The week of the House vote, she ran an unscientific poll of constituents through social media and announced that the overwhelming response was opposition to the plan. She also stated on social media, including in a video, that she that while tax reform is deeply important to her constituents, she concluded the GOP bill would not reduce taxes or simplify taxes for middle class families or small businesses, would add $1.5 trillion to federal deficits, and would trigger $25 billion in cuts to medicare. She called it fiscally irresponsible.

Now, Murphy’s campaign is staking out political ground for the 2018 election, with a fundraising letter noting that one of her opponents would support the plan. She didn’t say which. Two Republicans, Scott Sturgill, a Sanford businessman, and state Rep. Mike Miller, of Winter Park, are running, as is a Democratic primary opponent, Chardo Ricardhson.

“Stephanie’s opponent would vote to give massive tax cuts to the ultra-wealthy at the expense of middle class families and seniors. We can’t let that happen,” it reads. “Stephanie is proud to be your voice in Washington, but Washington Republicans are targeting her seat because they want a rubber stamp for President Trump’s agenda.”

The Republicans responded, through the National Republican Congressional Committee:

“Saying that Republicans want a rubber stamp for the President’s agenda is rich coming from Pelosi puppet Stephanie Murphy,” NRCC Regional Press Secretary Maddie Anderson chided in a written statement. “Her argument against the Tax Cuts and Jobs Act has been widely debunked – so all Murphy is doing here is showing her constituents that she is unable to stray from her party leaders at the expense of her voter’s paychecks. What a campaign platform!”

Constitution revision would allow retroactive criminal law changes

A coalition of mostly conservative organizations is joining former state Rep. Neil Combee to push a proposal from the Florida Constitution Revision Commission that would allow lawmakers to make new criminal statutes retroactive.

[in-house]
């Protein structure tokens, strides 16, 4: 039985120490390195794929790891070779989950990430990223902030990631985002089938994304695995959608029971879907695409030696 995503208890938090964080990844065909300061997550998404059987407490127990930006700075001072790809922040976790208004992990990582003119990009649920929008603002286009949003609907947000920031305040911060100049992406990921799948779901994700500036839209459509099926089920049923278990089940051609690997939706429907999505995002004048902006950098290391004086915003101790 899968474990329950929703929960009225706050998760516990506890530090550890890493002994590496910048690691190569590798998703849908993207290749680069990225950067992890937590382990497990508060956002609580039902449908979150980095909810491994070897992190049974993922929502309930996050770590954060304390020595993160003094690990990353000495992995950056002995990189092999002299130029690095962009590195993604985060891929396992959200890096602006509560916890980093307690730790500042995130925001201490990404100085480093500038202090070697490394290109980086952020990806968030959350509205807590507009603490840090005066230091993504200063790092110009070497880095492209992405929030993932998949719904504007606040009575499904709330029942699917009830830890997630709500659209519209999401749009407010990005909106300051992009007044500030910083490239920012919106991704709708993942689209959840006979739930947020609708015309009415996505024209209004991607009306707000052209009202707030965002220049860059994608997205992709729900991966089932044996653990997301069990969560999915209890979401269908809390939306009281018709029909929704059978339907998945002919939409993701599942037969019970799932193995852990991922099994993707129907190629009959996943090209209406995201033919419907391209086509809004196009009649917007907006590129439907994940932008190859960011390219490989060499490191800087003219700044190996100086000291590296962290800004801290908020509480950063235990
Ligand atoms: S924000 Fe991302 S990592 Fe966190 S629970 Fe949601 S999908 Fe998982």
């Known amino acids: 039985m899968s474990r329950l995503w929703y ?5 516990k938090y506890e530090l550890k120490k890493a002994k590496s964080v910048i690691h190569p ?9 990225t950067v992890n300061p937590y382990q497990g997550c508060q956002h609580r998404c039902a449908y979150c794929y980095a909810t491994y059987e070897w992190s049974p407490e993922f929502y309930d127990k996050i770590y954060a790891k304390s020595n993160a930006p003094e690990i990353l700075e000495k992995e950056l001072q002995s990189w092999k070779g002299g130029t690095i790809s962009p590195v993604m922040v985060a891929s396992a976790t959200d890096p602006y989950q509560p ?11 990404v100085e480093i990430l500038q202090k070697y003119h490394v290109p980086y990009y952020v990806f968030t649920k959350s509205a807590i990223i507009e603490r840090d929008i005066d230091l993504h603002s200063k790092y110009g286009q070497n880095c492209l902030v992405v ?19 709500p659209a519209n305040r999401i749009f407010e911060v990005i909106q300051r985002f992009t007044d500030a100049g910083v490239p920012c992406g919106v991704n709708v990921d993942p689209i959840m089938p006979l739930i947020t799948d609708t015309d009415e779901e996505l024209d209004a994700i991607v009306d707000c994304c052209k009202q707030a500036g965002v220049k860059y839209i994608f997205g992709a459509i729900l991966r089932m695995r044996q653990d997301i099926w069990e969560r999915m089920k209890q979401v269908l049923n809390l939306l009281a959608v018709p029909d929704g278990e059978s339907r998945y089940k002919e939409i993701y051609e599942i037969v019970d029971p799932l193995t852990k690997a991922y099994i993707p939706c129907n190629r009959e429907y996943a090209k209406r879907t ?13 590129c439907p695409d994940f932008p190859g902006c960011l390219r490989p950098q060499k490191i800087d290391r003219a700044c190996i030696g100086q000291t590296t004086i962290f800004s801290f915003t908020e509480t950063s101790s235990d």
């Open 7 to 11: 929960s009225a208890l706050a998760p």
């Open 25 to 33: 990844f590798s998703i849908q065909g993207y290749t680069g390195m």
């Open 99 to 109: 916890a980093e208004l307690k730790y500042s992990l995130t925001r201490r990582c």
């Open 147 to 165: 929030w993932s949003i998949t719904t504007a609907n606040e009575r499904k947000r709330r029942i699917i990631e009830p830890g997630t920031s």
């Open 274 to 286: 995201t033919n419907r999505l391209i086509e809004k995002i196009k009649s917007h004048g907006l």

CRC Proposal 20 would repeal Article X, section 9 of the Florida Constitution, which dates back to 1885. Called the “Savings Clause,” the law prohibits the Florida Legislature from applying reduced sentencing requirements and other criminal law changes to people who committed crimes before the new rules went into effect.

An example is a law Combee sponsored in 2016, CS/HB 135, which eliminated the requirement for minimum prison sentences for people convicted of aggravated assault under various circumstances, including with firearms. With the Savings Clause, anyone who committed such assaults before CS/HB 135 went into effect still faced the old minimum sentences, even if they were charged and tried long after the bill was enacted.

A repeal of the clause, as proposed by CRC Proposal 20, could allow those defendants to face sentences under the lighter guidelines of the new law.

The clause, and its potential repeal, also might apply to whether or not the “burden of proof” law approved by the Florida Legislature last spring could be applied to people retroactively.

Under the new standard, the burden of proof is on state attorneys, not defendants, to demonstrate whether someone was or was not standing ground in a shooting, and therefore protected from prosecution. That standard might not apply to anyone alleged to have shot someone before when the new law went into effect this year.